Happy Feet. Dir. George Miller. Warner Bros. Pictures. 2006.

Happy Feet (Dir. George Miller, 2006) is a film normally associated with the representation of environmental issues, encouraging environmental awareness and consciousness of the animals worldwide affected by human actions. It also presents the theme of individuality, with the main character Mumble shunned for being different but eventually accepted into the penguin community after he is able to prove to the leaders of the Emperor Penguins that rather than causing the lack of fish he is actually a hero. He persuades the humans to stop over-fishing by using his individuality (his ‘happy feet’) to make them see that the penguins deserve protection. What is often overlooked is the scene where Mumble finds himself in a zoo, confronted with ‘aliens’ (humans) who he tries to tell ‘you’re stealing our fish!’, to no avail. Almost forgetting where he comes from, he is seen ‘all but los[ing] his mind’, raising the ethics of keeping animals in captivity and representing the idea of language and communication between humans and animals. Both themes are somewhat neglected throughout the rest of the film and hardly reconciled as the film goes proceeds, building up to the climactic ending which focuses on the wild penguins instead.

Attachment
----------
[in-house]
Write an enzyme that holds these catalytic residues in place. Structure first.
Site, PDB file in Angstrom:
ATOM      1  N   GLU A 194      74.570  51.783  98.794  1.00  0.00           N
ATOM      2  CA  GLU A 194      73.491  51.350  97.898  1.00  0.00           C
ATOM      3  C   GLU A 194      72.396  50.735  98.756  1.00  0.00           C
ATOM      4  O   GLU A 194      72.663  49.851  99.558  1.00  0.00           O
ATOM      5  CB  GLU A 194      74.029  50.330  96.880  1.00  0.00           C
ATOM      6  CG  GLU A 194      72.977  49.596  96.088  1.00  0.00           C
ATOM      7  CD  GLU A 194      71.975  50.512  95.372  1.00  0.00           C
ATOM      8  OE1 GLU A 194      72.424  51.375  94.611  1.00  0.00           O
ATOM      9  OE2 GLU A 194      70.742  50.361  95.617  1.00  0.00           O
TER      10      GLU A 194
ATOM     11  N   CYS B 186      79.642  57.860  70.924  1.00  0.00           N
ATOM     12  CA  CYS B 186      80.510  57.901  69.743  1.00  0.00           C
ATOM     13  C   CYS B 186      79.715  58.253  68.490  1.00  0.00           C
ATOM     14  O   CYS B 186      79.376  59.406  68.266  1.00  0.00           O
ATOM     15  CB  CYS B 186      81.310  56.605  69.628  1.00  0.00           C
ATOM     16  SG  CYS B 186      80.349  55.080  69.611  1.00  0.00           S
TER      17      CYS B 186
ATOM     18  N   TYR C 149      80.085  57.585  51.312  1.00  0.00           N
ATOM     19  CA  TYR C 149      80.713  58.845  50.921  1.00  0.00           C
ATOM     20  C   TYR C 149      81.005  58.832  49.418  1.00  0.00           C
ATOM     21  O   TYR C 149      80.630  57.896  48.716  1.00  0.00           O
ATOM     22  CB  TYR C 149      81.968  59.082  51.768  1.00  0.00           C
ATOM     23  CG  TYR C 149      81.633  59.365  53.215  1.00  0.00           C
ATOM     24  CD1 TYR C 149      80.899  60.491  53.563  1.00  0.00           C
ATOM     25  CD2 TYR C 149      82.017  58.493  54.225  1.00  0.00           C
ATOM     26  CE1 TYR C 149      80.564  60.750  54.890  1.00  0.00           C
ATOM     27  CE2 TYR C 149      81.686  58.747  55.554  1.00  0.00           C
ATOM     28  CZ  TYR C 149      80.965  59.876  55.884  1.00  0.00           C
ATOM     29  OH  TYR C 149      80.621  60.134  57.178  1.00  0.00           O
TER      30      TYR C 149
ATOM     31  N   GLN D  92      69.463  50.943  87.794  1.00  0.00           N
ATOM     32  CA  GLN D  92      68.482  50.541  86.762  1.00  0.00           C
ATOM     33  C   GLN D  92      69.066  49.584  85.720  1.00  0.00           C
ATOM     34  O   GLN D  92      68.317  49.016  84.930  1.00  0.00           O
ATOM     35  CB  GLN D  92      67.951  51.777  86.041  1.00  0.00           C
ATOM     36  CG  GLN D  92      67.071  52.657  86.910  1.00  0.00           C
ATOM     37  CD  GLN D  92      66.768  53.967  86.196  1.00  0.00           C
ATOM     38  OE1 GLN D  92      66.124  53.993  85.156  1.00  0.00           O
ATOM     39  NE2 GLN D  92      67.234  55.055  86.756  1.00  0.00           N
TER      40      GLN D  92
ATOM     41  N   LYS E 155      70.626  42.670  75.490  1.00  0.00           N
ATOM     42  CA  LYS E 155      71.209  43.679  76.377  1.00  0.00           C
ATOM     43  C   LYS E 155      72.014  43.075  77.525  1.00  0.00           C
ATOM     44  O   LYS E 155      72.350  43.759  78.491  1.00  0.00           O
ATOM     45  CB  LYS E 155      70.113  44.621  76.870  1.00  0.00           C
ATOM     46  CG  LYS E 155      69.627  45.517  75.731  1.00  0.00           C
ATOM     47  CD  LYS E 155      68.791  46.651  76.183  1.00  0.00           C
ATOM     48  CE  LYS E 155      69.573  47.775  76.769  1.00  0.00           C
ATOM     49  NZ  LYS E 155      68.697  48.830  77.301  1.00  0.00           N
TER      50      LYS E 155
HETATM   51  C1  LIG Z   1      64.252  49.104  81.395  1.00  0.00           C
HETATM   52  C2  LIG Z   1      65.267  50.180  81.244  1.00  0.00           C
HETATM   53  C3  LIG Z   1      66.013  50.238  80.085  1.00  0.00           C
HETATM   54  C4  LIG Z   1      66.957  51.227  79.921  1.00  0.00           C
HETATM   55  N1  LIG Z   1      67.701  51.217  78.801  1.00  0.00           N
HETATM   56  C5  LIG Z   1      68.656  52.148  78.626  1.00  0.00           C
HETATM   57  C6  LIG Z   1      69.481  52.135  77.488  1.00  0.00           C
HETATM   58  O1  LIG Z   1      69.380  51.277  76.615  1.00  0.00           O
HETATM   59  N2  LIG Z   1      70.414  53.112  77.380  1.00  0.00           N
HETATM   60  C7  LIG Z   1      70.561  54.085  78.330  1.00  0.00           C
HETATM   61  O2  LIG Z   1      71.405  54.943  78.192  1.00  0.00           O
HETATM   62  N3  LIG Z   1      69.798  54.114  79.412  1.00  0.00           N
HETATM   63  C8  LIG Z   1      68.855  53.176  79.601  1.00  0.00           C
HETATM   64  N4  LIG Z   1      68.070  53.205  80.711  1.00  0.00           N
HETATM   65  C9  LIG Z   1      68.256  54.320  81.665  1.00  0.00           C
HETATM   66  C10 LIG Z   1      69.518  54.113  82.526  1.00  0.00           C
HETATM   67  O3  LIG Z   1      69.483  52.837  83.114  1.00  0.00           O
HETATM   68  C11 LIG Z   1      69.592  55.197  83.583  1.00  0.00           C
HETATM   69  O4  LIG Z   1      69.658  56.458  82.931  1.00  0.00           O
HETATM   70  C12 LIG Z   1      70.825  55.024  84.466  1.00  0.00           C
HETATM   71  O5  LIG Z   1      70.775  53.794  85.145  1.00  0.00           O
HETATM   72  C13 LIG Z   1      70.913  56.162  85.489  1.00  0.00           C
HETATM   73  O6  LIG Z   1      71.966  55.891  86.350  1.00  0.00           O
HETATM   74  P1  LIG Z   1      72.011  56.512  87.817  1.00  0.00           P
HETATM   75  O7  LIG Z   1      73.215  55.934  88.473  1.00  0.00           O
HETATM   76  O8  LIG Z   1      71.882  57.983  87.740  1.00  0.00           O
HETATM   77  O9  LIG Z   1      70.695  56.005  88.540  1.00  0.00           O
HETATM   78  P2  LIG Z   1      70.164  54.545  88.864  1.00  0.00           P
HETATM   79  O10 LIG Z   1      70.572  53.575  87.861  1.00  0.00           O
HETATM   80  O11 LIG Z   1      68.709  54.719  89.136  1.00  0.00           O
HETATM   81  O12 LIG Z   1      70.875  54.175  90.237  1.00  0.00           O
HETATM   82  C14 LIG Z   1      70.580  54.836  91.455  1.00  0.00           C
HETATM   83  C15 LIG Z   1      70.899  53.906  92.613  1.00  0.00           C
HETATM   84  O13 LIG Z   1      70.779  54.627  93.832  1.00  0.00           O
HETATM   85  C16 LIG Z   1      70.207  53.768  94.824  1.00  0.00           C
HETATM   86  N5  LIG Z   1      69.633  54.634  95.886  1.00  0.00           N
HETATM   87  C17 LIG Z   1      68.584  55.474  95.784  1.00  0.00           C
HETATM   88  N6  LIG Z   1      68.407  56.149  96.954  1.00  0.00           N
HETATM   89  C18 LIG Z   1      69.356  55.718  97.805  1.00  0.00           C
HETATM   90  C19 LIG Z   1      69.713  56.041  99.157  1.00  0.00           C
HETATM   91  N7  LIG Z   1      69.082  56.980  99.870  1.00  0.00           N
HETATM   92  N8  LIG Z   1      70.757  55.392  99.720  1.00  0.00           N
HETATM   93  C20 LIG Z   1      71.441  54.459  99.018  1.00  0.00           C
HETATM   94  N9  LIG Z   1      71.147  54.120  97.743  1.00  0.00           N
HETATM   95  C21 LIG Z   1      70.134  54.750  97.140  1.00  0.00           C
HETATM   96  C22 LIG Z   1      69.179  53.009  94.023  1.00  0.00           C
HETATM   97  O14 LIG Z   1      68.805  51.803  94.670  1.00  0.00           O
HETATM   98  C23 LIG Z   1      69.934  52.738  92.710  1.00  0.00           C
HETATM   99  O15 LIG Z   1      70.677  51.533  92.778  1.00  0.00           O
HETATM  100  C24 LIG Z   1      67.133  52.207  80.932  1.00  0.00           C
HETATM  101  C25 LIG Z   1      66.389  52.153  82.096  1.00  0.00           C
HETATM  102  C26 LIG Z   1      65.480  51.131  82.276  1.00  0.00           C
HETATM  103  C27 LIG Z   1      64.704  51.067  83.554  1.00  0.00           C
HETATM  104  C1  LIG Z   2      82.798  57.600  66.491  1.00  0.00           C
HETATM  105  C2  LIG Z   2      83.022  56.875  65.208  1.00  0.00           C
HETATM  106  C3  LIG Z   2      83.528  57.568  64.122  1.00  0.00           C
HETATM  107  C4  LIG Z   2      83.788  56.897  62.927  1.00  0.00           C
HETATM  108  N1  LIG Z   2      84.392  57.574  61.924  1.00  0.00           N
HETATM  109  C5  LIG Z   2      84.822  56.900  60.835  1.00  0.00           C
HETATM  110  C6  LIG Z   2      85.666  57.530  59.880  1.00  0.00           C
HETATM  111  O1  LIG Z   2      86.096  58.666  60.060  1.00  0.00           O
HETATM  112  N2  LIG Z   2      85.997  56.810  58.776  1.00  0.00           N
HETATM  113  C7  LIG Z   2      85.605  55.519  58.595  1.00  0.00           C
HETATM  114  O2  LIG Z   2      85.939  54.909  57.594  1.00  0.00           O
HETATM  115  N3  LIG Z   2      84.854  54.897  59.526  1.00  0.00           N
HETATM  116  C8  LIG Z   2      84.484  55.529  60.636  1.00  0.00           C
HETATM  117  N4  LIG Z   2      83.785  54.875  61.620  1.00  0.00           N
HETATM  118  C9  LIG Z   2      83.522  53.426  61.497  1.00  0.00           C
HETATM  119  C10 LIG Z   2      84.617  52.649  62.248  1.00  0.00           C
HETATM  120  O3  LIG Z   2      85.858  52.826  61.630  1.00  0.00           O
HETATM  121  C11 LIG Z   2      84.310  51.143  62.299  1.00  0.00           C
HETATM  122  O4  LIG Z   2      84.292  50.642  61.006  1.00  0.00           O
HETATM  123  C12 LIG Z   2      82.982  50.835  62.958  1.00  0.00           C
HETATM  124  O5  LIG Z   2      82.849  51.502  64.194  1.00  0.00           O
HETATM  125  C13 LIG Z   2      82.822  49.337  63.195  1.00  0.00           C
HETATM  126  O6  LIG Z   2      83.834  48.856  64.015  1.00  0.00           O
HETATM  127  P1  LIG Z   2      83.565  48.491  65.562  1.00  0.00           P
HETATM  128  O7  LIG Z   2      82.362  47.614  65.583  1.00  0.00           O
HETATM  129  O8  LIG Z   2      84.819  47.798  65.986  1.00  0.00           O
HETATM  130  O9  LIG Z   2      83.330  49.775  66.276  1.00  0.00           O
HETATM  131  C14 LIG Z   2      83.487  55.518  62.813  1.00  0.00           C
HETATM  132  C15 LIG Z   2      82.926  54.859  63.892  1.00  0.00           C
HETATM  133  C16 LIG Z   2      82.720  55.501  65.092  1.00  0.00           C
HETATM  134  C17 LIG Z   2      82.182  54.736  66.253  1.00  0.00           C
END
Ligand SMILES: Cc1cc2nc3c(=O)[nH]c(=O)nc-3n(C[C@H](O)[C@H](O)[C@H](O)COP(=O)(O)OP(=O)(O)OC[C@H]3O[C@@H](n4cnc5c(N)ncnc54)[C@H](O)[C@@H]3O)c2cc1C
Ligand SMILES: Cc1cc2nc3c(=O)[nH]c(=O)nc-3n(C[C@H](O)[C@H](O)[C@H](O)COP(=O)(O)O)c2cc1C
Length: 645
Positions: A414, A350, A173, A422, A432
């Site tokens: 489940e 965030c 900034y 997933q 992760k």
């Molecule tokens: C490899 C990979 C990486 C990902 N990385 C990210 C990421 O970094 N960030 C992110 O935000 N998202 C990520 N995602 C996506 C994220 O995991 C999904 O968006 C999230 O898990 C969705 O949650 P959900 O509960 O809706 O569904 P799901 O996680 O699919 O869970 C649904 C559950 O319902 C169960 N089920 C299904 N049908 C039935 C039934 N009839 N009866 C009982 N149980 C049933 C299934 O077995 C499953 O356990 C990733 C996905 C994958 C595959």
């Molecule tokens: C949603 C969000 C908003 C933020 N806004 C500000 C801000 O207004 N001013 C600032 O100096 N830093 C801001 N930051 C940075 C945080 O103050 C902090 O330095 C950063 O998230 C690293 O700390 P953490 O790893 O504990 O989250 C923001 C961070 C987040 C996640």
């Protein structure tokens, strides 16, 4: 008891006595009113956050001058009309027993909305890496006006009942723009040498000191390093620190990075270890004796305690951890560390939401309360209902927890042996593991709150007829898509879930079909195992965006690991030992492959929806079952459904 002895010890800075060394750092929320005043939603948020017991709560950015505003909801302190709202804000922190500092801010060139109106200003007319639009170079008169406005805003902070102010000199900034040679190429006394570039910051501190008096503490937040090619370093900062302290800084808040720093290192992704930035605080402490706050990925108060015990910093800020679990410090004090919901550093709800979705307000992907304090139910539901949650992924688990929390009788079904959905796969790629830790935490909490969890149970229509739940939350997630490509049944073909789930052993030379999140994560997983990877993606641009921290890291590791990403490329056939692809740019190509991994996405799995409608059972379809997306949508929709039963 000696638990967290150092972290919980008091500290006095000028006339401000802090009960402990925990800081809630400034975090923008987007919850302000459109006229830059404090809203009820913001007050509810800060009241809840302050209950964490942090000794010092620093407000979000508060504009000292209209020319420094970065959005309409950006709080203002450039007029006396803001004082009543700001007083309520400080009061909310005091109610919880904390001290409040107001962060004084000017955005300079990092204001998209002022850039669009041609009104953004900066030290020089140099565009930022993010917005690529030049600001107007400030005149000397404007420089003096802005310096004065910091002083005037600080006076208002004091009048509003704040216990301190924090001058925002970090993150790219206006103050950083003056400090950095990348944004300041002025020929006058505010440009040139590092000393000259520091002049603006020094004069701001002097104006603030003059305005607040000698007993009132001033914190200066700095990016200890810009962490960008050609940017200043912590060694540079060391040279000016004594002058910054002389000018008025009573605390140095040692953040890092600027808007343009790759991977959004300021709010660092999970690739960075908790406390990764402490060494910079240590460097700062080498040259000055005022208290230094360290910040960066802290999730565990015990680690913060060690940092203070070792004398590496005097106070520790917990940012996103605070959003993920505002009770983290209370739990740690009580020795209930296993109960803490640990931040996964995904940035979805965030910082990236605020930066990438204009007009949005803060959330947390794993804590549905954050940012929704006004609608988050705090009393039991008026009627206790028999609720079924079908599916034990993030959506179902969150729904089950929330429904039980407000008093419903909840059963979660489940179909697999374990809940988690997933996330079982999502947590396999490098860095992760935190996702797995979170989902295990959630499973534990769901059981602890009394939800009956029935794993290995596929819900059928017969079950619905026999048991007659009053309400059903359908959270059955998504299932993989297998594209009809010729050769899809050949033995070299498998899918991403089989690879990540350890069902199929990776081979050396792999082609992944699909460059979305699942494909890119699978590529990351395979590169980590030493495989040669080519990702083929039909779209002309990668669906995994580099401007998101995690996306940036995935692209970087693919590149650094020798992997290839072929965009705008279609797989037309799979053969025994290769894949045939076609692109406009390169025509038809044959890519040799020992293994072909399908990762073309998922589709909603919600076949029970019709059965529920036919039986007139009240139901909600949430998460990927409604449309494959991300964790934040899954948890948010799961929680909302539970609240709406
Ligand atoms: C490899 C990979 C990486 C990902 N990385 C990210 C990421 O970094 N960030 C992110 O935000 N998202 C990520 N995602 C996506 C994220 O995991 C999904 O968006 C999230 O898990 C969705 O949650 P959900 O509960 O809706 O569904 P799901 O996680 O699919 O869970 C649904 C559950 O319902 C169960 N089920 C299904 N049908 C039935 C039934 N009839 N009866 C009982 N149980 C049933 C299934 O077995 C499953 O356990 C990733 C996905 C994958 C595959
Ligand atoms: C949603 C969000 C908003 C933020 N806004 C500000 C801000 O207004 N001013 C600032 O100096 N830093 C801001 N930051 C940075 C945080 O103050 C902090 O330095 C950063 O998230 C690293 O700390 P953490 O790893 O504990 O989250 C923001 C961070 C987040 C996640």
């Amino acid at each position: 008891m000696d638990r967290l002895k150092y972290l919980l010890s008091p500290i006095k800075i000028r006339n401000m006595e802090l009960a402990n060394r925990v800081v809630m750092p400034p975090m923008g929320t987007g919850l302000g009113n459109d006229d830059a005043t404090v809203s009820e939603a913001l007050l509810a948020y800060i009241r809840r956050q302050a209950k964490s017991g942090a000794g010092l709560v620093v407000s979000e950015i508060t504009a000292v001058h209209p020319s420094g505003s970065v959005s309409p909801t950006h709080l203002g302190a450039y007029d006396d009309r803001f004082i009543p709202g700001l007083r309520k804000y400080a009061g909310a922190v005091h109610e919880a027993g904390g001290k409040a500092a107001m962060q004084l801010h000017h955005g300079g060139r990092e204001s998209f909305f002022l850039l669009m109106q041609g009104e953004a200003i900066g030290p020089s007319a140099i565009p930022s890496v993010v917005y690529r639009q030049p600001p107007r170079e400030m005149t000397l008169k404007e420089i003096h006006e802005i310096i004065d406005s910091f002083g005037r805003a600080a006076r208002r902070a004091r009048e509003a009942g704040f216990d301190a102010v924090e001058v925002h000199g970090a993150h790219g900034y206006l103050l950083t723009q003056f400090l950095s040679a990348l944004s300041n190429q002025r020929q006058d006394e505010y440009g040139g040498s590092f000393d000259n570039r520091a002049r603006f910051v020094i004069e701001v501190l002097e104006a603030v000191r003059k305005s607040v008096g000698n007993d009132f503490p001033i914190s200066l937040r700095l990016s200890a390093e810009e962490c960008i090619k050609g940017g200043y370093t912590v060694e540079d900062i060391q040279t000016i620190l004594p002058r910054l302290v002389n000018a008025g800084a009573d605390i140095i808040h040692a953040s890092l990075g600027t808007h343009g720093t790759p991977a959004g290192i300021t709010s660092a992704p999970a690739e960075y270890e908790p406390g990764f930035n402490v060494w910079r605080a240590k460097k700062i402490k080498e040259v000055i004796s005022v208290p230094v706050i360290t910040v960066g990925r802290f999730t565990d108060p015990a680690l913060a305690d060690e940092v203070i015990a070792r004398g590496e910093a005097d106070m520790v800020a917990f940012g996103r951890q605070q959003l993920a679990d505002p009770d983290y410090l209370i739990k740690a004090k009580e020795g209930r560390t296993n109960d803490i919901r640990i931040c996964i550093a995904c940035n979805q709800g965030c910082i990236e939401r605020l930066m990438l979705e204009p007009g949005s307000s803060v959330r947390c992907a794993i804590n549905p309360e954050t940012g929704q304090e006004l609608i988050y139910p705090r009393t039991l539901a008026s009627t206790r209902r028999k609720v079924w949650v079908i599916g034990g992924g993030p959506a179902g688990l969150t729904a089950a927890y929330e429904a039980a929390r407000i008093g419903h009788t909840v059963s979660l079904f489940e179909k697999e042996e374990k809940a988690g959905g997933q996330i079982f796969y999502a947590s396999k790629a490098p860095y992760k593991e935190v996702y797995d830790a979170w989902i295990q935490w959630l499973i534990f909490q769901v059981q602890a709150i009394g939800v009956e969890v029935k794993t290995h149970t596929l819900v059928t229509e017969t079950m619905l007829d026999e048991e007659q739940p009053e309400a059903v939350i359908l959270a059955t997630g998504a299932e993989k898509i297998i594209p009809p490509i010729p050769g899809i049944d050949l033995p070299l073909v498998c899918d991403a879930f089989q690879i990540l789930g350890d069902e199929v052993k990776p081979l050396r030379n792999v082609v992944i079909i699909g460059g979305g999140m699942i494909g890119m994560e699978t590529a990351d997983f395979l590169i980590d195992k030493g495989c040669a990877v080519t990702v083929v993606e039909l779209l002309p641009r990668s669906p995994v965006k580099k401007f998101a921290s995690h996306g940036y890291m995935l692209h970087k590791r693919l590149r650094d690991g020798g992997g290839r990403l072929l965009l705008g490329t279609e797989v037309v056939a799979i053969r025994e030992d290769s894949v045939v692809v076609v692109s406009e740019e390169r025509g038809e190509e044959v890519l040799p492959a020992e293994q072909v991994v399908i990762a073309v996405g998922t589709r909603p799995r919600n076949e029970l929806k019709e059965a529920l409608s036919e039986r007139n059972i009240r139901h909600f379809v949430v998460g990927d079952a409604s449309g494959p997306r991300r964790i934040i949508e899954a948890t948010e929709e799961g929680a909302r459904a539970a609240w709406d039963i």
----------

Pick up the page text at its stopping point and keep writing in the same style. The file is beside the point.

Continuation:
This display, the film’s first human-penguin interaction, cleverly reverses the roles as seen from Mumble’s point of view, breaking down the human-animal boundary. The narrator describes the humans as ‘big ugly penguins without feathers on their fat, flabby faces’ and strikingly reminds us that just because we cannot understand the penguins doesn’t mean that they do not feel and think. Mumble exclaims ‘Am I not making myself clear? I’m speaking plain penguin!’, yet as a viewer we witness that ‘plain penguin’ is actually just him squawking at the on looking humans. The narrator describes how ‘after three days he would lose his voice’, and thus we see Mumble’s attempts to communicate fail. Ultimately however, it is Mumble’s ‘disability’ that the humans relate to; by mimicking the young girl’s taps on the glass with his feet he is able to communicate the one truth crucial to saving his species: penguins aren’t as unlike humans as we believe they are. The juxtaposition of the two scenes, one where Mumble uses his voice and the humans watching all disperse, uninterested, and the other where the crowd increases in excitement as he tap-dances before their eyes highlights this issue of language. It therefore brings into question our methods for judging sentience; how important is our ability to communicate with animals in deciding their worth? Or should we assign worth to all animals equally? Unfortunately, the strength of the scene in highlighting the cruelty of captivity is lost as the camera zooms out in a dramatic extreme long shot of first the city, then the world, then the galaxy, which both literally and figuratively focuses on the ‘bigger picture’ of environmentalism rather than the ethics of captivity. Mumble is then allowed to return home, leaving the other penguins in the zoo, and all is presented as well.

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